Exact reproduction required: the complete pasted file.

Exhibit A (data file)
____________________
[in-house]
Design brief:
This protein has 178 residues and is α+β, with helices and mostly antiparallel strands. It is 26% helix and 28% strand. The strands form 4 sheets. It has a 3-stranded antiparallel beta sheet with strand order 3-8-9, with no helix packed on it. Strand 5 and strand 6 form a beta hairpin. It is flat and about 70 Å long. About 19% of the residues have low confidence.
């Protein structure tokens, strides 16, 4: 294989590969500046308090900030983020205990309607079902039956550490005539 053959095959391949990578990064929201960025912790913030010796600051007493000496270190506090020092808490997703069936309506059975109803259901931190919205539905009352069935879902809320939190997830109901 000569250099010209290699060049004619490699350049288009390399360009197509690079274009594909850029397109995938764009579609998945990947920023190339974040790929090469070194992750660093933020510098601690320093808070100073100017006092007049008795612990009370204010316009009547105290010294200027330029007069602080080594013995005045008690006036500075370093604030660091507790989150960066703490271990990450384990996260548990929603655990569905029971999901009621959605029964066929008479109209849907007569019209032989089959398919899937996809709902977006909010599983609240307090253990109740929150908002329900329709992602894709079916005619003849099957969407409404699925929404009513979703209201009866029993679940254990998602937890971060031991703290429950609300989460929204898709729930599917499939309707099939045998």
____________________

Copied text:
[in-house]
Design brief:
This protein has 178 residues and is α+β, with helices and mostly antiparallel strands. It is 26% helix and 28% strand. The strands form 4 sheets. It has a 3-stranded antiparallel beta sheet with strand order 3-8-9, with no helix packed on it. Strand 5 and strand 6 form a beta hairpin. It is flat and about 70 Å long. About 19% of the residues have low confidence.
């Protein structure tokens, strides 16, 4: 294989590969500046308090900030983020205990309607079902039956550490005539 053959095959391949990578990064929201960025912790913030010796600051007493000496270190506090020092808490997703069936309506059975109803259901931190919205539905009352069935879902809320939190997830109901 000569250099010209290699060049004619490699350049288009390399360009197509690079274009594909850029397109995938764009579609998945990947920023190339974040790929090469070194992750660093933020510098601690320093808070100073100017006092007049008795612990009370204010316009009547105290010294200027330029007069602080080594013995005045008690006036500075370093604030660091507790989150960066703490271990990450384990996260548990929603655990569905029971999901009621959605029964066929008479109209849907007569019209032989089959398919899937996809709902977006909010599983609240307090253990109740929150908002329900329709992602894709079916005619003849099957969407409404699925929404009513979703209201009866029993679940254990998602937890971060031991703290429950609300989460929204898709729930599917499939309707099939045998």